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Affordable Rural Homes Provide Women in Uzbekistan with Stability and Access to Finance

Video | 7 June 2019

Affordable homes in Uzbekistan's rural areas are providing local women with security and stability, as well as helping them develop relations of trust with commercial banks that provide them with both mortgages and business loans.

From 2011 to 2015, Uzbekistan received $500 million in loans from ADB to help build over 41,000 houses for moderate and lower-income rural residents. Women became the registered owners of over 4,300 houses — 26% of the total. This is a positive achievement in rural Uzbekistan, where homes are usually registered in a man’s name.

Improving living conditions, creating livelihood opportunities, and providing jobs in rural areas are priorities for ADB in Uzbekistan.

Transcript

Uzbekistan - These new houses were built in rural areas of Uzbekistan with support from the Asian Development Bank (ADB).

Improving rural living conditions, creating livelihood opportunities, and providing jobs are priorities for ADB in this country.

From 2011to 2015, Uzbekistan received $500 million in loans from ADB to help build over 41,000 houses for moderate and lower-income rural residents.  

The project promoted the development of diverse sectors of the economy including banking, construction, and the production of building materials and home appliances.

Because gender equality is one of ADB’s operational priorities, the project had a special focus on women beneficiaries.

Now these beautiful new houses provide a stable future for their owners.  Behind their walls, we can see some inspiring stories.

When Shakhnoza Abidova applied for a housing loan, the concept of a mortgage loan was new, even for her colleagues in Asaka Bank where she worked.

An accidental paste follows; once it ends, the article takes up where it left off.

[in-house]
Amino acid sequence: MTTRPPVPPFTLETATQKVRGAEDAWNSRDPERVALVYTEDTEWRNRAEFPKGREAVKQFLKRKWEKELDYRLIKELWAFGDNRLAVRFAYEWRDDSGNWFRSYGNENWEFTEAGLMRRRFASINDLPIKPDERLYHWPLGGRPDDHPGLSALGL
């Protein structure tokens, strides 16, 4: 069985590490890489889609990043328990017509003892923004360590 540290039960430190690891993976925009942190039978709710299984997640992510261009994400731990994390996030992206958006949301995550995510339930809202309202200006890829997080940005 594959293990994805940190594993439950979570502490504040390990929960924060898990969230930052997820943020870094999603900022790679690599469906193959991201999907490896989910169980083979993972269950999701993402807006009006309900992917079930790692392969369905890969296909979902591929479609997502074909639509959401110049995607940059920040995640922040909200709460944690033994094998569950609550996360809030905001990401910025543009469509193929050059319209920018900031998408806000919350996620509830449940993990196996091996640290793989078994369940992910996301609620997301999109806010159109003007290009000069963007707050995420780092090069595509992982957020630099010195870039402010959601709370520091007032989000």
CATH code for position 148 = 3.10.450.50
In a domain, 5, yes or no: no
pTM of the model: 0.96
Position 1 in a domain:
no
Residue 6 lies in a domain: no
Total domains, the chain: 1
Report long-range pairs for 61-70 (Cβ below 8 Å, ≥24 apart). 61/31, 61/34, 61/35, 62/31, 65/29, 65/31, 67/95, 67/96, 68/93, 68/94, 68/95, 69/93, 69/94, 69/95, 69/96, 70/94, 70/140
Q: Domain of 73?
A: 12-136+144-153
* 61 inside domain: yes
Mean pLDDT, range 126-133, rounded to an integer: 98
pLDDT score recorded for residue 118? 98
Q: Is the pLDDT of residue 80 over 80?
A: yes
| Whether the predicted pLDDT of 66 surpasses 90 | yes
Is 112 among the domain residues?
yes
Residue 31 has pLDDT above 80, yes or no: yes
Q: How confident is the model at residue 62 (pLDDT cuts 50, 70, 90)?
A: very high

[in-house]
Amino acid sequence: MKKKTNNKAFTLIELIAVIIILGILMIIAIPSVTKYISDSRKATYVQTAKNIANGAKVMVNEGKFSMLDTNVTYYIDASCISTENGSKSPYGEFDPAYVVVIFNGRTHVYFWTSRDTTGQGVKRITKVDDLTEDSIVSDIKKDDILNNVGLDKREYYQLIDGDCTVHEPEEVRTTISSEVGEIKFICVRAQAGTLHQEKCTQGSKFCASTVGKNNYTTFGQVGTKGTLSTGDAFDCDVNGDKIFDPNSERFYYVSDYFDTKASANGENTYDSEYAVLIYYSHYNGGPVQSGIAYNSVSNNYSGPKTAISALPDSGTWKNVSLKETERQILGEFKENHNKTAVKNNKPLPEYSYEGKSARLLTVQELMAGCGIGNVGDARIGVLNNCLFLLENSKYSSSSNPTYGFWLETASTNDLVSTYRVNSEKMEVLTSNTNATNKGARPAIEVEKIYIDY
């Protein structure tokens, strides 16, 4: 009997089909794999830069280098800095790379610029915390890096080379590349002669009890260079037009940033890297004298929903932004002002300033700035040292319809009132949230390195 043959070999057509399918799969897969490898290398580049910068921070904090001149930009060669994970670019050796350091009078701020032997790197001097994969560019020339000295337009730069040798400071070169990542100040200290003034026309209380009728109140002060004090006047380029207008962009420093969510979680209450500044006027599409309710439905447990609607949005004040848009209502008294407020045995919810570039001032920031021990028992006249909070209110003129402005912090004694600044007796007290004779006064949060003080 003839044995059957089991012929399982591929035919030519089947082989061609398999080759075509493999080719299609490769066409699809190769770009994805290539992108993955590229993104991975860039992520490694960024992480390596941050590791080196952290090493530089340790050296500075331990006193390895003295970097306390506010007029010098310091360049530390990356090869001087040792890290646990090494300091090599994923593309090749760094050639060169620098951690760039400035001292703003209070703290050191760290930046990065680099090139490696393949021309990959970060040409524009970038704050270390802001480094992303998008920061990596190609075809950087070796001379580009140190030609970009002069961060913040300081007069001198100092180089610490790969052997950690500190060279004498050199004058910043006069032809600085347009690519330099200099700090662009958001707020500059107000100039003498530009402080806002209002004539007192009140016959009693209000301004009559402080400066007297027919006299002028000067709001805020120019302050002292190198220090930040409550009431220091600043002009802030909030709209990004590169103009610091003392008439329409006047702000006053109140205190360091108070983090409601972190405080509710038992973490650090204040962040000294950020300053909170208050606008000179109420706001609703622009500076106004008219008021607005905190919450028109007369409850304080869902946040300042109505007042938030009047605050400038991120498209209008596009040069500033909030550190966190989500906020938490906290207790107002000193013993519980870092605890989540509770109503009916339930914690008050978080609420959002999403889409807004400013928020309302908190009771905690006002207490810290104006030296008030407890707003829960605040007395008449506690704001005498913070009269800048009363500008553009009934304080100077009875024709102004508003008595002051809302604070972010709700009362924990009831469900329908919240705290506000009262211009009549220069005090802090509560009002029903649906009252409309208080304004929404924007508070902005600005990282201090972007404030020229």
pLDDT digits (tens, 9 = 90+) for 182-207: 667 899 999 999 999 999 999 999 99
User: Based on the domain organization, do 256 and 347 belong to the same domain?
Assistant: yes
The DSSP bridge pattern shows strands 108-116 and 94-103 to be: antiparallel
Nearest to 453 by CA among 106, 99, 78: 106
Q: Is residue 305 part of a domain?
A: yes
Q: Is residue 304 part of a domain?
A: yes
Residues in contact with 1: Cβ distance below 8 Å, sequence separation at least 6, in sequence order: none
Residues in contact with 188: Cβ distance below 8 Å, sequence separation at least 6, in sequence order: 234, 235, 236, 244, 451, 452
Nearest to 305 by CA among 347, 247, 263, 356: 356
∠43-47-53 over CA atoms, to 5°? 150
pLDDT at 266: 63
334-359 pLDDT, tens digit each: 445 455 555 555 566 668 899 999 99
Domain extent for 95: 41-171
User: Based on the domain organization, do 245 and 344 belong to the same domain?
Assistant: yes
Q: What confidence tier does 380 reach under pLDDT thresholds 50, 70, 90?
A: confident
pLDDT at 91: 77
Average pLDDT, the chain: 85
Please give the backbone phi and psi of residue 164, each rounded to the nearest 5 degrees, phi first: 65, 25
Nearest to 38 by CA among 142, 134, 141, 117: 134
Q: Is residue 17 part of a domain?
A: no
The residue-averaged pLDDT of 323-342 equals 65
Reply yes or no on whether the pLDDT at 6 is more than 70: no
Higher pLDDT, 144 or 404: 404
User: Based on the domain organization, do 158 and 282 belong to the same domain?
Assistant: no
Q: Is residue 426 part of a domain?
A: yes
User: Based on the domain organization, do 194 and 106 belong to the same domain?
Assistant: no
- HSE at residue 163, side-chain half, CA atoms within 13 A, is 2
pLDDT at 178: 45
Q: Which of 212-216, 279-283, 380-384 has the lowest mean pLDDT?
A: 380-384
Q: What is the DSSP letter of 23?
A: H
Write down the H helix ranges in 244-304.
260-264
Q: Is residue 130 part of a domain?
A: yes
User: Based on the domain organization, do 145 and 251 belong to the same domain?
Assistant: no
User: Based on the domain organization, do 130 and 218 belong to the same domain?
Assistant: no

“Now my house has all utilities.  There are no shortages in the supply of gas, electricity, and water,"  says Shakhnoza Abidova, an entrepreneur from the Ferghana region.  

“I am using air conditioning, washing machine, and refrigerator without any problems.“

“In the cold days of winter, we are enjoying our warm life inside.”  

“Also, we are paying back our loans using our salaries which are exempted from taxes.”

The need to repay her loan led Shakhnoza to the idea of starting her own business.  

“I wondered how I can have additional income. Then I decided to open a traditional bakery and confectionery,” she continues.

“Now I have four apprentices.  I am training these girls and ensuring their employment.”

The project aimed to promote equal rights for women and men.

From 2012 to 2015, women became the registered owners of over 4,300 houses—26% of them.  This is a positive achievement in Uzbekistan, where rural houses are usually registered in a man’s name.

Ravshanoy and her husband decided to sell their old house and take out a mortgage loan to buy a new house.

Ravshanoy and her family previously lived in a house without sewage and suffered from constant water and gas shortages.

“I was invited to a meeting in the town hall,” says Said Ravshanoy Matyakubova, a teacher from the Khorezm region.

“There was a gathering hosted by representatives of the bank and the Women’s Committee.”

“They talked about a new type of rural housing.”

 “And I was informed that I would have higher priority, as I am a teacher.”

Every day, she spent two hours just to heat water.  Now she has enough time to do gardening which she loves very much.

The project has improved the quality of life for more than 180,000 people.

The project has enabled women to develop relations of trust with commercial banks which provide both mortgage loans and small business loans.

New houses provide security and stability to these women.

Now they are more confident in their brighter futures, as their dreams are coming true.